Tag Archives: Charleston

National Women’s Day: Bree Newsome

The confederate battle flag was not just the banner flown by an army fighting for the right to own black people, it was also the banner that was revived and waved by those who opposed desegregation and civil rights.Bree

In honor of the centennial celebration of the Civil War in 1961, South Carolina decided to raise the confederate battle flag over the state house. No black people were on the commission that made that decision.

Not only were they not on that commission, but South Carolina did not allow any black people to participate in their hosting of the national festivities. JFK tried to force the South Carolinians by moving the festivities to an integrated Navy base in Charleston, but the white people led a walk out and held their own official celebration in a segregated hotel. In that celebration Strom Thurmond gave a speech saying integration was evil and that the US Constitution never promised racial equality.

That is when that flag went up on the South Carolina capitol building. Black people (and some allies) have been asking for that flag to come down ever since. Those in authority continually refused.

On June 17th, 2015 a white supremacist murdered 9 black worshipers in a Charleston church. In the subsequent outcry against violent racism, there was some talk of the flag coming down. Those in authority thought they might allow it.

On June 27, 2015 a full 54 years after that flag went up, a black woman named Bree Newsome climbed the 30 foot flag pole and tore the flag down in defiance of the police who waited below to arrest her. She refused to wait for some democratic action to recognize her humanity when God had granted it from birth.

She was of course arrested when she came back down.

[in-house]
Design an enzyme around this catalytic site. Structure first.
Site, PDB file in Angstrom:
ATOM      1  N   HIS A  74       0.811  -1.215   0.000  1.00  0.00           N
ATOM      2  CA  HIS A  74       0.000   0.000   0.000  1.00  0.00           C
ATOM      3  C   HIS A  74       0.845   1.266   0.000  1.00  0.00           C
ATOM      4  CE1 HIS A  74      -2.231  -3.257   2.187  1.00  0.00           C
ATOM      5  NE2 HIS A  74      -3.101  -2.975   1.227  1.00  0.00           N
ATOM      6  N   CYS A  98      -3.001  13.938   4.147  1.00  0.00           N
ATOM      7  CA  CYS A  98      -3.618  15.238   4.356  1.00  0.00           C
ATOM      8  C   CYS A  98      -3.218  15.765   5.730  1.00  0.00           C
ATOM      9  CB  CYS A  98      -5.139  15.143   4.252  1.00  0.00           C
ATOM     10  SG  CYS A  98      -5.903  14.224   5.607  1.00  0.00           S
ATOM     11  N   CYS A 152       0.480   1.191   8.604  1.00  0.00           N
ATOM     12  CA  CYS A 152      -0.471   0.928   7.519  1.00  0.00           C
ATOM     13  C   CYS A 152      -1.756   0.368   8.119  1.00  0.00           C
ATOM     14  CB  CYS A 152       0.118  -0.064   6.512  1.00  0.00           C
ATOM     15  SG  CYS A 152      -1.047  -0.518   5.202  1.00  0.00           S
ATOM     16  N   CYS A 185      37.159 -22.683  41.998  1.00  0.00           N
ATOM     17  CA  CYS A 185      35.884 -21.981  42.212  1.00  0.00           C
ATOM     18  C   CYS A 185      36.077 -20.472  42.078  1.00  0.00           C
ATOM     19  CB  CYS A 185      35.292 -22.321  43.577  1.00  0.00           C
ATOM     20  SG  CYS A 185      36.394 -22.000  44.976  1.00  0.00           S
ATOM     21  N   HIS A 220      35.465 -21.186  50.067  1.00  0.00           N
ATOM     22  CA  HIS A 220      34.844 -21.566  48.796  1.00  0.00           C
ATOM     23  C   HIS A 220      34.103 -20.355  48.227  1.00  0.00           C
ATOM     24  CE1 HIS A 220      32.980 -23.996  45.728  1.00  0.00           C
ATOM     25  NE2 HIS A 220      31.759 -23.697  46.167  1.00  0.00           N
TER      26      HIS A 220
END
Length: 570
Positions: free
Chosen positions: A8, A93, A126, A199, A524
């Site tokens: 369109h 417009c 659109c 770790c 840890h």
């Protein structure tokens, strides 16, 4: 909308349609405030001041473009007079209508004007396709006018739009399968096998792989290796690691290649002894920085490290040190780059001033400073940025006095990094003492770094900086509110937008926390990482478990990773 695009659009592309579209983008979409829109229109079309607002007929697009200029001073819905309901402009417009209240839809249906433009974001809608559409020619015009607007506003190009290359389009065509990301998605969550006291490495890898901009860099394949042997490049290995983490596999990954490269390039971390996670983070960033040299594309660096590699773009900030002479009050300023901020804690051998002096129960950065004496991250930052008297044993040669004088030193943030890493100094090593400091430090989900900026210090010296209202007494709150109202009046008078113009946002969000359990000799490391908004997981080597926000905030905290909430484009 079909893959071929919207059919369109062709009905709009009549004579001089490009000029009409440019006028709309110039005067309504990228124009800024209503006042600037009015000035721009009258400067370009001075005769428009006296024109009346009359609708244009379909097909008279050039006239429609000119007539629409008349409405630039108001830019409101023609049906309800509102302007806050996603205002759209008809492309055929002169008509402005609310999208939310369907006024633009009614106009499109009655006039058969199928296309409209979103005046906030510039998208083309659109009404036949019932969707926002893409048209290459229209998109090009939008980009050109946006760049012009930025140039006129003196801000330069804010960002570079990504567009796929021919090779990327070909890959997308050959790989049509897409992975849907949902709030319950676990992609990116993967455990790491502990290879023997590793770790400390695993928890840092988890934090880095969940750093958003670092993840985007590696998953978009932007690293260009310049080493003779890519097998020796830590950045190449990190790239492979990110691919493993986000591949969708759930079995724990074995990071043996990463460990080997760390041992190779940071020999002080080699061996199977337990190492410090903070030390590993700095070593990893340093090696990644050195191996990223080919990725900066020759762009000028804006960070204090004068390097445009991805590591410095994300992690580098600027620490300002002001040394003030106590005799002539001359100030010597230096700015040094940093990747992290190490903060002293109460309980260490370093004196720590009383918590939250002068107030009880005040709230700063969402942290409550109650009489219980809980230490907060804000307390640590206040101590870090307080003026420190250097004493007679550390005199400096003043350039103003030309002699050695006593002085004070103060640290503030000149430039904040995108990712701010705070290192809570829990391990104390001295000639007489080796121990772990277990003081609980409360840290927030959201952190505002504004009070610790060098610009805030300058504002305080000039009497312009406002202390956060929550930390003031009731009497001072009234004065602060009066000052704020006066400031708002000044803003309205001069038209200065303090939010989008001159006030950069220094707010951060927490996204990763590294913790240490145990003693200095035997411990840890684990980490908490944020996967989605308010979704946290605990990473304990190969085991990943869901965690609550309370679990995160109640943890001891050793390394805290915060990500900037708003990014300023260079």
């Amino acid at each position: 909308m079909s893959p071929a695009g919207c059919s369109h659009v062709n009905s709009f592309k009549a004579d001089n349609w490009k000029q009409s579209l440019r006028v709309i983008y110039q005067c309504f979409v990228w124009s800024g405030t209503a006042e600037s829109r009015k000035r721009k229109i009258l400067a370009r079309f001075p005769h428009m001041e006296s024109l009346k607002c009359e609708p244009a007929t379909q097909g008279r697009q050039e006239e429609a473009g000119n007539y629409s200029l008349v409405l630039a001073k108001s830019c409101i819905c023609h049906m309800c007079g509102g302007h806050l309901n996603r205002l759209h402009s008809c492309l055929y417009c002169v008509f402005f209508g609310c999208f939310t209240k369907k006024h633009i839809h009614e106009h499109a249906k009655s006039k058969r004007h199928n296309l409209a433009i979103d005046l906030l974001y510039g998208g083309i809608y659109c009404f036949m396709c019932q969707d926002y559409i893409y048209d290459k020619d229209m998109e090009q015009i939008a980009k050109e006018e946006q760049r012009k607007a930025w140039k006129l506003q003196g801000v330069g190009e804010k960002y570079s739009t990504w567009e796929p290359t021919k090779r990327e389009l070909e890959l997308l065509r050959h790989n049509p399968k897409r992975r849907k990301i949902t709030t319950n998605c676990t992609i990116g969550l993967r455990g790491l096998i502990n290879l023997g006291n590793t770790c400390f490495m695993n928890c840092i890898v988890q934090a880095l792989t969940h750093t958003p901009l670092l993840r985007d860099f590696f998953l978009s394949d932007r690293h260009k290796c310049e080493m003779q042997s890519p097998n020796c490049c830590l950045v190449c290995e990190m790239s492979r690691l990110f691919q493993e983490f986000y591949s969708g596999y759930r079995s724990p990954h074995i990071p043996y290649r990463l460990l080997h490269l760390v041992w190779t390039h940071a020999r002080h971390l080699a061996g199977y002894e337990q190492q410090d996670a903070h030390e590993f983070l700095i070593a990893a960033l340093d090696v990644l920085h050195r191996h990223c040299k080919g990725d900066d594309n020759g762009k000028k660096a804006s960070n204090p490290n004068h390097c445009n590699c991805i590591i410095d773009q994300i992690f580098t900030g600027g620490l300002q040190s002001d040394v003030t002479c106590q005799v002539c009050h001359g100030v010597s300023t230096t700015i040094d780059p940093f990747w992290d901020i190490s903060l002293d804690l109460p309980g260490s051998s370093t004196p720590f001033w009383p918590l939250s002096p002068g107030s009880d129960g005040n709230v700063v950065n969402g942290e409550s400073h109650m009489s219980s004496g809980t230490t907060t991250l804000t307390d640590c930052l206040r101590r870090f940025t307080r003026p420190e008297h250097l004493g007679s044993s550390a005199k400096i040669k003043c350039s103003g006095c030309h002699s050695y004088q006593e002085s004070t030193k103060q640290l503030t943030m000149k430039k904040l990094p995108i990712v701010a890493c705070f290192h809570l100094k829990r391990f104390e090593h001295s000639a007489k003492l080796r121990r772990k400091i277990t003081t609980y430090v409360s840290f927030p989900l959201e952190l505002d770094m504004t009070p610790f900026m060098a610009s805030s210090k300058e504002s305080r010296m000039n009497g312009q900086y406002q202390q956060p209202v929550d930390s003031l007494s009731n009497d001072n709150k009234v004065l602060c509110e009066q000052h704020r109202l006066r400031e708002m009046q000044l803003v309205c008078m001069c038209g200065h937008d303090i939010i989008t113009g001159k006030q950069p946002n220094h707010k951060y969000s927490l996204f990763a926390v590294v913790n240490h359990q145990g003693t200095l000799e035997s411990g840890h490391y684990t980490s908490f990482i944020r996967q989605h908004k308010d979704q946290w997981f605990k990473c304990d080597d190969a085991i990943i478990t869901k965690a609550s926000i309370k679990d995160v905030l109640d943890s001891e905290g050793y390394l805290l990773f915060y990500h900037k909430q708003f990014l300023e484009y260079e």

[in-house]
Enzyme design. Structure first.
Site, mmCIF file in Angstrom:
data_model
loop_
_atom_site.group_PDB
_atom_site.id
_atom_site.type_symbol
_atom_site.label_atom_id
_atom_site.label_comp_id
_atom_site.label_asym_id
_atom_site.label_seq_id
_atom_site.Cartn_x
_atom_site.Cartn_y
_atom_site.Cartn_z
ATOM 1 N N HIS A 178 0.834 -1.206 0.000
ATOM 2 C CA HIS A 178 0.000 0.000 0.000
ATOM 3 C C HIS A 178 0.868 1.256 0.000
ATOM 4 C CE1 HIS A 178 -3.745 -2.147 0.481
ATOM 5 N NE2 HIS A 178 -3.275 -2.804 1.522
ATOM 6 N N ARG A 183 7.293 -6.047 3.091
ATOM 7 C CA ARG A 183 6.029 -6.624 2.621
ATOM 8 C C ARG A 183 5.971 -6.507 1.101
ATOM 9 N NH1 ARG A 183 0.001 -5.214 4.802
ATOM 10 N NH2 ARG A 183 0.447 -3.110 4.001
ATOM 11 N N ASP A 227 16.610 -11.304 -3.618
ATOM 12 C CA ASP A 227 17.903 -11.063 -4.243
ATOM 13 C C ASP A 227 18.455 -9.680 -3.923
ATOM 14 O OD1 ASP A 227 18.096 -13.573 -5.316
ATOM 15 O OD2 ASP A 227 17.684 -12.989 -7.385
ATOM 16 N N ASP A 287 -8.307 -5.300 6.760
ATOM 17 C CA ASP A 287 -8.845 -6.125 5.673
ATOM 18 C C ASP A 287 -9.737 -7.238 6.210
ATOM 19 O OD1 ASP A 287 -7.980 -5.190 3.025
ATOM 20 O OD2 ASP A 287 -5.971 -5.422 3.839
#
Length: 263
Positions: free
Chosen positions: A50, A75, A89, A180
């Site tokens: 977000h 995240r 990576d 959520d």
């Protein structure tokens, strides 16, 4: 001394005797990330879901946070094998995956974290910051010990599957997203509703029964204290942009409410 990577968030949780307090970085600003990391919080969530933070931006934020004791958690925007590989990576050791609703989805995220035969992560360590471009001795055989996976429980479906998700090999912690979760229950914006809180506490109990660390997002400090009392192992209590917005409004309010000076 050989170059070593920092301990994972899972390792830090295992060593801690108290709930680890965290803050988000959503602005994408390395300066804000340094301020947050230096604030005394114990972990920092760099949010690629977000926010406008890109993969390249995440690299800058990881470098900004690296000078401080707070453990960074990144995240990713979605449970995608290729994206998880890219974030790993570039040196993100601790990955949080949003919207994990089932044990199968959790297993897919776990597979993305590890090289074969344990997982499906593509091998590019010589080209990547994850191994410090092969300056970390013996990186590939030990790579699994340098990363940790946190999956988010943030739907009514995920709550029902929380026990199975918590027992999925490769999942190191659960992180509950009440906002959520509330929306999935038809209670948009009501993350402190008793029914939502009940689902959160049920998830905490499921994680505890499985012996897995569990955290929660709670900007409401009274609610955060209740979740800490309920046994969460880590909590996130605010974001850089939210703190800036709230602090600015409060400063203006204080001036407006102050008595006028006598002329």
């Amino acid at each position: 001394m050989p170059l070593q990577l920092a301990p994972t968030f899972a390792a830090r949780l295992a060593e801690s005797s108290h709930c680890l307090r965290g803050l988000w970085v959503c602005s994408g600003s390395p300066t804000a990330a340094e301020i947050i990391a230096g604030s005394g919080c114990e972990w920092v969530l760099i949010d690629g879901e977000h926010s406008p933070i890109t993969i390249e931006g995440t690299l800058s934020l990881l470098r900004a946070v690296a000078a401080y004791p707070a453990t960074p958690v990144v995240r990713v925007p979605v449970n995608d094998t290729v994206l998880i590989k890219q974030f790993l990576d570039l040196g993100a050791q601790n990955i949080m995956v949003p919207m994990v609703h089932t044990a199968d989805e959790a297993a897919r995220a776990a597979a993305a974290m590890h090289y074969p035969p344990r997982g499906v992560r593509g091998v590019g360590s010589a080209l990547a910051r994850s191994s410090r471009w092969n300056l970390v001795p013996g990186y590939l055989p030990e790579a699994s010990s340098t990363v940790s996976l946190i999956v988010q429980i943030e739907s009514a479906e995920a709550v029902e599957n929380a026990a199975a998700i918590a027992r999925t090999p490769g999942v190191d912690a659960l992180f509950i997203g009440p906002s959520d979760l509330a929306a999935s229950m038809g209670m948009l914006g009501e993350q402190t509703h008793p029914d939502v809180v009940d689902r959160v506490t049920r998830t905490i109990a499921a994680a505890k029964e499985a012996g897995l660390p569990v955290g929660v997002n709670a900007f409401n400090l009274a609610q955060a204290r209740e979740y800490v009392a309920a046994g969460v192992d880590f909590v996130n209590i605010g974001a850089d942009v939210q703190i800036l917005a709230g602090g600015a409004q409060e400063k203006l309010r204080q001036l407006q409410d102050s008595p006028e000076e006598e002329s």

On July 9th the SC House of Representatives voted to remove the confederate battle flag in some seemingly gracious act of conciliation. It was an act that came not only 23 days too late, but 54 years overdue.

Bree, in her act of theater, gave America a symbol illustrating  bravery and self determination in blackness.

Here is my nod to you Bree Newsome.2







Filed under events, history, people

Charleston, SC

Full disclosure; I absolutely love Charleston.  I have for quite some time.      

18th Century town homes line the waterfront.


One of the real reasons I went to Savannah is because this sister city just down the road seems to get all the attention and I wanted to see if it is warranted.  Savannah may deserve the rave reviews, but if I had to choose, it would be Charleston all the way.      

Why do I love it?  Lets list the reasons:      

1) Pirates.       

Any park that can boast the hanging of actual pirates has some appeal... unless you are a pirate.


In 1718 Edward Teach a.k.a Blackbeard, held the whole city hostage for a week.  Blackbeard captured every ship that left the harbor, took prominent citizens captive, and demanded a chest of medicine for his crew.  He got his snake oil and let the city be.       

Come on, thats a cool story.  I suppose to prove the city was not a collection of punks, that same year they captured pirate Stede Bonnet and hung him at White Point Gardens, then threw his body in the sea.  White Point Gardens is still a park but now it sports big civil war era cannons and statues rather than gallows.      

Anyone who has ever been six years old, loves pirates.      

2) Rainbow Row.      

If one row of colorful houses is not enough for you, "little rainbow row" is not far away.


Pre- Revolution, Charleston rivaled both Boston and Philadelphia in population, and probably outpaced both cities in money and style.  Unlike Philadelphia, Charleston did not explode during the industrial revolution, nor did it implode afterward leaving the urban blight so popular up north.  Charleston’s historic town homes line the clean streets appearing so well kept that one may forget that they are historic at all.      

Little trick I picked up in Philly; a true mark of an old urban neighborhood is large granite or marble stones at the edge of the sidewalk. These are "mounting blocks" placed at the edge of the road to make mounting a horse easier.


Charleston has a great mix of stuff that was nice way back then, and still has stuff that’s cool now.  Restaurants, galleries, law firms (surely filled with sear sucker clad men with Atticus type morals), real estate offices, etc. etc. hum along day to day housed in history but not becoming relics.      

3) Gullah/Geechee culture and street markets.      

Originally a slave market, you can now get any tourist trinket imaginable.